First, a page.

Religious beliefs expressed the characteristic worldviews of the two realms. Religion was less integrated with political life in China than it was in Rome, where temples were among the most important public buildings. Roman religiosity had impressed Polybius the Greek rationalist, who wondered how fallacies for other peoples became an adhesive for the Roman commonwealth.[5] Among a firm belief of the Romans was divine determinism of empire. “What was most novel in the Roman attitude to their empire was the belief that it was universal and willed by the gods,” remarked a modern historian.[6] To the Romans, the correct religious ritual that secured the gods to their side was the sole ground of justice for a war. Cicero, a most enlightened Roman, wrote, “it was by our scrupulous attention to religion and by our wise grasp of a single truth, that all things are ruled and directed by the will of the gods, that we have overcome all peoples and nations.”[7]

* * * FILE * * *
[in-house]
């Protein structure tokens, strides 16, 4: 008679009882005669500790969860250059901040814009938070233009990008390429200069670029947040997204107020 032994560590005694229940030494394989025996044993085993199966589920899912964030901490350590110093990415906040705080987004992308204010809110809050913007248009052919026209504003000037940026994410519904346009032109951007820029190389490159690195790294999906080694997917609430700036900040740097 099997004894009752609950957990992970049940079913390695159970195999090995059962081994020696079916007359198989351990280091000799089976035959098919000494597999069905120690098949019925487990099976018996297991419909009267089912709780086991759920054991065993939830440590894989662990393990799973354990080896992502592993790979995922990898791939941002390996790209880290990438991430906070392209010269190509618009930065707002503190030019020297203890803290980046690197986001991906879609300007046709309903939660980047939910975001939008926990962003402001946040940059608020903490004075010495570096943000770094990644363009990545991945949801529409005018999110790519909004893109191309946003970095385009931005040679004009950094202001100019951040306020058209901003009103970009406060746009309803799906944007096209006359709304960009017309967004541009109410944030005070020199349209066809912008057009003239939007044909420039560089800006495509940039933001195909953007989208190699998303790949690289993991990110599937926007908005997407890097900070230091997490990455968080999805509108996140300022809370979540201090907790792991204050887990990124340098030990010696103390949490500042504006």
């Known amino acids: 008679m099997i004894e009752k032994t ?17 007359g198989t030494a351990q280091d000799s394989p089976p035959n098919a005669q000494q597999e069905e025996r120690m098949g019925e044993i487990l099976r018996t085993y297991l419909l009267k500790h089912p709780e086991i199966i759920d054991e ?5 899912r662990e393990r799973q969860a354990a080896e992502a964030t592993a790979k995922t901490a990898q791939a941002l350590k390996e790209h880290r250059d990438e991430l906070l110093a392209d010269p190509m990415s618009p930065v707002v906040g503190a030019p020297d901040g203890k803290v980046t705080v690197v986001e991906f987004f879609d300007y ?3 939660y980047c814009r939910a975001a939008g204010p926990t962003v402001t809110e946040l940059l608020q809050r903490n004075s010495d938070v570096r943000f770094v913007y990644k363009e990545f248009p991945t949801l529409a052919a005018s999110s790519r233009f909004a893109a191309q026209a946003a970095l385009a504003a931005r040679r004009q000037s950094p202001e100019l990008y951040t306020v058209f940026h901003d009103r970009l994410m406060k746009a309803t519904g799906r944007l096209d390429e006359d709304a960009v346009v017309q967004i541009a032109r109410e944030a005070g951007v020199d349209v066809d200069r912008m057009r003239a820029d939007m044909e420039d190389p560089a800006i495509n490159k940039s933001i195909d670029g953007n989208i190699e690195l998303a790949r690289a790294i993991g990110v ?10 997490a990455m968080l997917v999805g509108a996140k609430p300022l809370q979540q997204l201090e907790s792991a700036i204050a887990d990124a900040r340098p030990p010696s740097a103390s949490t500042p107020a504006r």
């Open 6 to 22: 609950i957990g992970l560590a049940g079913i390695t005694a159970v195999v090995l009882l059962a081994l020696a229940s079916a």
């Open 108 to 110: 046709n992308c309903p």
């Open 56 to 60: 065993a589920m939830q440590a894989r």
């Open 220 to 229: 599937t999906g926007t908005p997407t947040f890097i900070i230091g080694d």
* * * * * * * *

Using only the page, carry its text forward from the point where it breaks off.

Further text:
Most religious rituals were familial and private matters for the Chinese, whose ancestor worship was more intense than that of the Romans. As to the relation between religion and universal rule, the Chinese were less certain. The notion of tianming 天命, the mandate of heaven, appeared almost a millennium before empire. Tian or Heaven was originally anthropomorphic, although more aloof than the Roman sky-god Jupiter. Surveying four quarters of the world for the welfare of the people and deciding that the clan of Shang had misgoverned, Tian withdrew its ming or mandate from Shang and bestowed it on the clan of Zhou. The story appears often in the Poetry and Documents, the two most ancient and venerated texts. In distinction to usual winner’s propaganda, it is often accompanied by admonitions: